Ofra is not only not a continuation but is not even an aberration, a grotesque reincarnation of Ein Harod. There is no reincarnation in Judaism. Ofra is a mutation and not an aberration. Nevertheless, practical political Zionism recognizes that even mutations have to be dealt with realistically and pragmatically. And the peace talks have proceeded precisely on that basis. That is precisely why the settlements are NOT the obstacle in the end to making peace.  

Ari preaches: “Wallerstein doesn’t get it, so I try to explain. I tell him that from the beginning Zionism skated on thin ice. On the one hand it was  national liberation movement. It intended to save the lives of one people by the dispossession of another.(my itallics)” Nonsense! Absolute and unfettered nonsense! In Ari’s own account, though the possibility of population displacement was mooted, it only became a real possibility and not just a logical one as a result of the 1936-39 Arab uprising. And it would not have taken place if the Arabs had accepted the partition plan. Accepting that Jews were responsible for forcefully displacing a significant portion of the Arab population of Palestine does not entail accepting that that was a necessary and inevitable outcome. Further, total ethnic cleansing never became part of the ideological plan or operational execution. If there had been a peace agreement following the 1967 war, the process of settlement would not have taken place.

In Ari’s interpretation, the disassociation of Zionism from colonialism was simply a rhetorical exercise in diplomacy. Zionists were colonialists. Further, the effort in avoiding unnecessary hardship arose as much from tactical necessity as humanitarianism. The projection of a democratic, progressive and enlightened movement as well as collaboration with the west was not just a strategic imperative but for many of us lies at the heart of Zionism, a national liberation of the Jewish people in a democratic and enlightened polity. The problem that emerged after 1973 was not just Labour’s weakness and Likud’s recklessness, but an inability to hear the strongest and best voices in Zionism, in part because they were often drowned out by implacable voices from the other side.

So though Ari and I are on the same side in our liberal enlightenment in opposition to settlements, I think Ari is totally wrong in equating messianic Zionism with liberal political Zionism. They are not linked by DNA. The zealots were not just mistaken in believing that “a sovereign state could do in occupied territories what a revolutionary movement could do in an undefined land” (222), but in thinking that creating kibbutzim in land purchased was the same as creating settlements in land captured by a state in war. It is a matter of international law and ethics and not just context and circumstances. Israel cannot be an enlightened democratic political product of national self-determination if it deprives another people of its right to self-determination.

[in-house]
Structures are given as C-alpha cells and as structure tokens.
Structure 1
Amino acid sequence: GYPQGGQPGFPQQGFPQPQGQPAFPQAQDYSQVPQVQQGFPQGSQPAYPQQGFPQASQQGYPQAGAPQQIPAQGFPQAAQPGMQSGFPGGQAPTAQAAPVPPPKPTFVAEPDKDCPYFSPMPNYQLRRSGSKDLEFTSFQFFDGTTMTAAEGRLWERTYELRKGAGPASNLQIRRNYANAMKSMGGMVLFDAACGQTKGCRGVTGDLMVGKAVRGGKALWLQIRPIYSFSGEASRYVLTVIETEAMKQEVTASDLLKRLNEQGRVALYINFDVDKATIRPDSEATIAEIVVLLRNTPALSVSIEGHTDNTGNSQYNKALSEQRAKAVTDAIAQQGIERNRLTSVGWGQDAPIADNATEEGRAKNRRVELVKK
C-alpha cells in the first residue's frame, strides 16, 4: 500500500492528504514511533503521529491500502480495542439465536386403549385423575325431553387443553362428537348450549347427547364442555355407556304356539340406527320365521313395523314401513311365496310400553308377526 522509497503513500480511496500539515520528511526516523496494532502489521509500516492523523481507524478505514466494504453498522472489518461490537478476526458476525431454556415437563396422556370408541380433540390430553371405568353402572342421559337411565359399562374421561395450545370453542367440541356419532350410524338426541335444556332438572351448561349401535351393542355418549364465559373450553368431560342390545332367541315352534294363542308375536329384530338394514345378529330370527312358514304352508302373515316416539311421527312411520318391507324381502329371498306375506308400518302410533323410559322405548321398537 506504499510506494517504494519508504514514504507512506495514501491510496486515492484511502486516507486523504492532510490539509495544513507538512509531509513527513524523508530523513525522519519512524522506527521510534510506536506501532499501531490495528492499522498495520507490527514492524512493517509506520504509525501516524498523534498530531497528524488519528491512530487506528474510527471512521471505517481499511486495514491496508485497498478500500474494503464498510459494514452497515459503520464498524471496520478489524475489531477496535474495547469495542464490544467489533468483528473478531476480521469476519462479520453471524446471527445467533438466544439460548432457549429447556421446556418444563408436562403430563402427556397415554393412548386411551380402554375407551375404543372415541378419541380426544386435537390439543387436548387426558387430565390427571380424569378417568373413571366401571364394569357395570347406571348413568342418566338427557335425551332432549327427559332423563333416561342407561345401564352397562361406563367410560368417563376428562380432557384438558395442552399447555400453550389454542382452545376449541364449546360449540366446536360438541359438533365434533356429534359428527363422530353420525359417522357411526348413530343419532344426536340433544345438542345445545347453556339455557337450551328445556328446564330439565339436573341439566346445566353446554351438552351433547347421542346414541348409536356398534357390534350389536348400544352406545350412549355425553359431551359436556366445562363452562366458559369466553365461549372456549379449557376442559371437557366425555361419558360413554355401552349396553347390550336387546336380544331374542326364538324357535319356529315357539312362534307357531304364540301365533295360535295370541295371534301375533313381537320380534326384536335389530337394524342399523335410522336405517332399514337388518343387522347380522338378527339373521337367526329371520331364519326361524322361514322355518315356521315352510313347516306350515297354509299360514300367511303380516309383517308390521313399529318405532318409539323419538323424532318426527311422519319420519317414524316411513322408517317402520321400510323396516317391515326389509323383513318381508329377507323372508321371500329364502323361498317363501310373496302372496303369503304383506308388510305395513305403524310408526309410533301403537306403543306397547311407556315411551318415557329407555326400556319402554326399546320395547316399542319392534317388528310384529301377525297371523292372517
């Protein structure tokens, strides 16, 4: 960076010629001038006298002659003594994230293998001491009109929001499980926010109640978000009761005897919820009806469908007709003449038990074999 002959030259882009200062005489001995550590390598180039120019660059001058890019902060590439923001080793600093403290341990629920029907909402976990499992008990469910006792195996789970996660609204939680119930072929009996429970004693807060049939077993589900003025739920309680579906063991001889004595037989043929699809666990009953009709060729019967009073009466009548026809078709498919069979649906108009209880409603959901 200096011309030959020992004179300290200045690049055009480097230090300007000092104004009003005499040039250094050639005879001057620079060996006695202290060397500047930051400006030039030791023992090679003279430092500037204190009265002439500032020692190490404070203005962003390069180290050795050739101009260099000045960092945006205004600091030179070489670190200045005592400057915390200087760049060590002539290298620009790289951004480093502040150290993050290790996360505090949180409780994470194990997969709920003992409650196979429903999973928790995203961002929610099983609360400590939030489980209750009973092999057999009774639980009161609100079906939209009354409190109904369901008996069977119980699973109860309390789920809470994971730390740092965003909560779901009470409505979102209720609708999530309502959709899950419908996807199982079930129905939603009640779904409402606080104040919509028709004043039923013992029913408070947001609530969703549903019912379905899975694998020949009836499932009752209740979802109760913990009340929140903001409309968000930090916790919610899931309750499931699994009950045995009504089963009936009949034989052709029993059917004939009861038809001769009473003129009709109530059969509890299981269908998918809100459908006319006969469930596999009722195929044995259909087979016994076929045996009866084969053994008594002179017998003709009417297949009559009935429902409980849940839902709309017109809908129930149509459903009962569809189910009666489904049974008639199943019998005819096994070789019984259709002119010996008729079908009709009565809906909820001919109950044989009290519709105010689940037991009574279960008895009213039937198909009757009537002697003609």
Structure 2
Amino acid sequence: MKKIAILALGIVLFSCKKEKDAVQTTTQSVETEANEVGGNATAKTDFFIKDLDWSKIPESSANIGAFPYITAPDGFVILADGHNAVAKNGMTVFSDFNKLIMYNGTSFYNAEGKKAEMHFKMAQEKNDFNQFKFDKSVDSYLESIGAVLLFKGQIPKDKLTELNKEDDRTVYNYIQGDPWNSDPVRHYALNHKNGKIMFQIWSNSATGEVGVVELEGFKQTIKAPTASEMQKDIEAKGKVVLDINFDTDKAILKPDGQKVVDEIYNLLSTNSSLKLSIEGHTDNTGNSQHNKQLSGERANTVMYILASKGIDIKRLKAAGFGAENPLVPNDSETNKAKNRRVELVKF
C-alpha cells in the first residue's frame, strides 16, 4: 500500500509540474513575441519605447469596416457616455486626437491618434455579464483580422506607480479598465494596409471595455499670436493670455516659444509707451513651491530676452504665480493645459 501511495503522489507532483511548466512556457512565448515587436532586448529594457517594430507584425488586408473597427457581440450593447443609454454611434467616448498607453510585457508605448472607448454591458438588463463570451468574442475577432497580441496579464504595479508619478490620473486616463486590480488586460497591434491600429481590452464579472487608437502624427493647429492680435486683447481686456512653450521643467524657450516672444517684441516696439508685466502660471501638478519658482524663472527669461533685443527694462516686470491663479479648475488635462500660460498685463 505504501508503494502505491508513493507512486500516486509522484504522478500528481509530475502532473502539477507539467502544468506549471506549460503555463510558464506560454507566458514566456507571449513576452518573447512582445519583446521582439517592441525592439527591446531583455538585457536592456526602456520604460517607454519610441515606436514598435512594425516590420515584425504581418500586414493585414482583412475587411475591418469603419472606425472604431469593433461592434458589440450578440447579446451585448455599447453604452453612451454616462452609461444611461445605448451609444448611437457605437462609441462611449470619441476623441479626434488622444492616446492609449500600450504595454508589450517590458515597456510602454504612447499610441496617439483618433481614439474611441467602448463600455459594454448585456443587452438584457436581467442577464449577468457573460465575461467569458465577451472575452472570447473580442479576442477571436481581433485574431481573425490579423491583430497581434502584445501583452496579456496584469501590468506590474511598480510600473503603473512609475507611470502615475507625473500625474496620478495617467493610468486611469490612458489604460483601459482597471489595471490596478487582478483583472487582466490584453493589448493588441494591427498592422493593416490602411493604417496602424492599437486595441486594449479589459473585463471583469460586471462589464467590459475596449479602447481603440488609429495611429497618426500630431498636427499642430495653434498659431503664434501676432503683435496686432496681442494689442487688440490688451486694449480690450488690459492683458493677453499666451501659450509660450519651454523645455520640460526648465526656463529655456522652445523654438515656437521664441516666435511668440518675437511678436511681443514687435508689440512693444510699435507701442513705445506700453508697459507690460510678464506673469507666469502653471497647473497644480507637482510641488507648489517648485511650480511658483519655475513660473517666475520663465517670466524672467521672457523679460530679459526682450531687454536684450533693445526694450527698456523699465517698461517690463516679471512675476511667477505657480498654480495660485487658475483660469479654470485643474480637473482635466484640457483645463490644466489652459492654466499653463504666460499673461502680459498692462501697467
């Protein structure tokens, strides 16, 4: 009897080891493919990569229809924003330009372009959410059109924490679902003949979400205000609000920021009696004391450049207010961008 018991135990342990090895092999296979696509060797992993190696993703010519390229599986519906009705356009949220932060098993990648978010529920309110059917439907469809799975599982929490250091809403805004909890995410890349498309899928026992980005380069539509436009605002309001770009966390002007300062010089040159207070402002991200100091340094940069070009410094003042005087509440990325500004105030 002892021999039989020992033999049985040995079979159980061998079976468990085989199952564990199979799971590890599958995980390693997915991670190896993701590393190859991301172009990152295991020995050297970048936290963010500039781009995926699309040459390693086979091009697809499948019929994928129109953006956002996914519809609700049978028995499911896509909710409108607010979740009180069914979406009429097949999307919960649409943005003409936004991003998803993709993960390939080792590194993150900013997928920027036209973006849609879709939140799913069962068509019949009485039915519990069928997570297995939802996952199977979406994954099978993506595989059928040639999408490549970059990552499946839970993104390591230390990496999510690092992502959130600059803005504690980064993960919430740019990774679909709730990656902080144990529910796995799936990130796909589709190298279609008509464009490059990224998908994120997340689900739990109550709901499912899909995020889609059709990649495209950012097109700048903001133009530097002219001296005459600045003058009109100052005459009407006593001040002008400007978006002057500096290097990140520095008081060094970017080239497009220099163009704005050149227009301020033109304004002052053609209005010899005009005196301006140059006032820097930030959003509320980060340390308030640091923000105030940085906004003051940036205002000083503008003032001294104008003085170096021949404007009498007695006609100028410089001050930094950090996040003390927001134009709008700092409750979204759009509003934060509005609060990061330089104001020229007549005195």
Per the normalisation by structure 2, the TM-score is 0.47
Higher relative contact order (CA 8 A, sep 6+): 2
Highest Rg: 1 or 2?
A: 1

Because two movements, the original settlement movement of the twenties and thirties, bear a family resemblance, as Wittgenstein noted, with the settlement movement on the West Bank (and, presumably, Gaza), that does not mean the two very different movements are genetically yoked together. In making such a gross error, Ari then engages in the same extremist reasoning as the settlers do and accuses them of “committing an act of historic suicide”. (222) If they had managed to blow up the Al-Aqsa mosque and the Dome on the Rock, unfortunately that might have been the result. But as the leader of Fatach youth told me at Al Qds University, there is no reason in logic or politics that a Palestine independent state could not have a Jewish minority anymore than Israel cannot have a significant Palestinian minority.

So although I agree with Ari in his opposition to the settlers and though I reject my daughter’s ex-inlaws who were extremist fascists demanding all Arabs be cleansed from both Israel and the West Bank and claimed all Arabs wanted to do the same to them although my daughters ex-inlaws never ever had a long and serious talk with a Palestinian since they made aliyah from the USA many years ago, and while I fully agree in condemning such messianic extremism, I also found that in my interviews with settlers that they were surprisingly very varied in their views.  Gaza shows that settlements can be dismantled. If the dismantling is done in a limited and reasonable way, and possibly by offering a choice to the settlers to stay under Palestinian rule as citizens of Palestine, then a land swap is a reasonable solution to both the external and internal political realities and most of the settlers can be allowed to stay.  If Ari believes that his logic demands the dismantling of all the settlements to make peace, then he rather than the settlers is the more serious obstacle to peace.